British car manufacturing plummets 20% as Brexit uncertainty bites
The UK car industry has reiterated the devastating impact of a ‘no-deal’ Brexit scenario as manufacturing continues to suffer serious declines.
Figures released today by the Society of Motor Manufacturers and Traders (SMMT) show production fell by a substantial 19.6% in November, continuing recent trends.
While home production fell by 1.9% in the month, exports experienced a steeper 22.8% drop – falling for the fifth month in a row. Just over 105,000 cars were exported to global markets in November, still representing some eight in every 10 cars leaving British factories.
Year-to-date output dropped 8.2% to around 1.4 million cars, with export volumes down 75,085 units and output for the domestic market down 54,143.
Announcing the figures, the SMMT continued to highlight how a no-deal Brexit would have an immediate and devastating impact on the industry, halting production, undermining competitiveness and causing irreversible and severe damage.
According to the BBC, a government minister has warned that businesses that trade with the EU need to take steps now to prepare for the possibility of a no-deal Brexit.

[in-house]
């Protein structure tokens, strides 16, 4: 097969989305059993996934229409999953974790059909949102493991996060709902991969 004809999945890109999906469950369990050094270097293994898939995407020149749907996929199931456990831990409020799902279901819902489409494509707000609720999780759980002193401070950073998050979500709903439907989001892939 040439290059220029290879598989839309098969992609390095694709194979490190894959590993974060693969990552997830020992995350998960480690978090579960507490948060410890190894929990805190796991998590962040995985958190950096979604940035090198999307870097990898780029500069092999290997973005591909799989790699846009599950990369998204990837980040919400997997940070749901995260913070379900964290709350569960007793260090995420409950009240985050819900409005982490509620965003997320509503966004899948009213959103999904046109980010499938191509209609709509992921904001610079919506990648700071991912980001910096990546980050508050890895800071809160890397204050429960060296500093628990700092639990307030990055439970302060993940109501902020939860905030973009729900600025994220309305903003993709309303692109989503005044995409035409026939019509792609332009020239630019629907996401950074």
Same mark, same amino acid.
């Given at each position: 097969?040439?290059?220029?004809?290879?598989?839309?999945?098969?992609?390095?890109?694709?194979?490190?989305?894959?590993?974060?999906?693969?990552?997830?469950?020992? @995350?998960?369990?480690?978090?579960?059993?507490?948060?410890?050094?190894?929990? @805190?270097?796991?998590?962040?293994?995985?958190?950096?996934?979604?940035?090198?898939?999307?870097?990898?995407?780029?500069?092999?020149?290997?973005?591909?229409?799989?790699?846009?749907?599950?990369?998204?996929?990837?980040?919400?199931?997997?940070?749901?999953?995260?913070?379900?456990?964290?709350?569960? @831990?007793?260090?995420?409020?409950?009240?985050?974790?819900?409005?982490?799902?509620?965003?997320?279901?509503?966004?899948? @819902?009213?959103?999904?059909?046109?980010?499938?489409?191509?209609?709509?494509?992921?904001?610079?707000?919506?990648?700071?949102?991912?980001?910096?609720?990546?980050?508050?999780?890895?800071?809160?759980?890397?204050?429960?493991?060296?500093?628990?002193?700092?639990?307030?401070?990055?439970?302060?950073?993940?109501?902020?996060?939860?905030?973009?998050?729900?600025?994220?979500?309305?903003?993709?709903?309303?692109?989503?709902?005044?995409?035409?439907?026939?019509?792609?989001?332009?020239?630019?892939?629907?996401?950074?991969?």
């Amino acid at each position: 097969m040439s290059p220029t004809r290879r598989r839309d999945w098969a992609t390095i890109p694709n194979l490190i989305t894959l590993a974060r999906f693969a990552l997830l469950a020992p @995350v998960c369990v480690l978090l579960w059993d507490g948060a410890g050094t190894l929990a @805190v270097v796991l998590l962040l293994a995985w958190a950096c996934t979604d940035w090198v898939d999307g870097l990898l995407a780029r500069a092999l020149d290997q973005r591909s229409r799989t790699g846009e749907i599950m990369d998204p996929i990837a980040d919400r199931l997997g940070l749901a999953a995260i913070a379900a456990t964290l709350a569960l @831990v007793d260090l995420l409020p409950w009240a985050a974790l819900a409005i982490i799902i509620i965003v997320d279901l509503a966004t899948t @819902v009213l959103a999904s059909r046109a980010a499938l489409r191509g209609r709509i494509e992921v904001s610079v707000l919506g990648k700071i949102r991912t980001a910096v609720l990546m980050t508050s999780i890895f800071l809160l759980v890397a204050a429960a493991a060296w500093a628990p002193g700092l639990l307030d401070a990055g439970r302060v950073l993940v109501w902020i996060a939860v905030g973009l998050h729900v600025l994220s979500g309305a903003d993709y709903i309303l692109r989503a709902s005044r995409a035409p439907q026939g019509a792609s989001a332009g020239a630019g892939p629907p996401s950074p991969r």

But ongoing research by the SMMT has shown the catastrophic effects of such a scenario, with three-quarters of carmakers in the UK saying in latest analysis that a ‘no-deal’ Brexit would hit their business, impacting on profitability and future investment. The SMMT’s work has also indicated that import tariffs alone could push up the list price of cars imported to the UK from the continent by an average of £1,500 if brands and their retail networks were unable to absorb these additional costs.
SMMT chief executive Mike Hawes said: “As UK motor companies are being told to prepare for a ‘No Deal’ Brexit, the long-standing fears of the industry are becoming a reality. Brexit is already having an impact – in output, costs and jobs. But this does not compare with the catastrophic consequences of leaving the EU without a deal. The Just-in-Time nature of automotive means the impact of ‘No Deal’ will be felt, not in months or days, but hours.
“There is no such thing as a ‘managed’ ‘no deal’. We would face immediate delivery shortages, additional costs and uncertainty, which will seriously damage our sector. Both government and parliament have a responsibility to take this option off the table or risk destroying this vital UK industry.”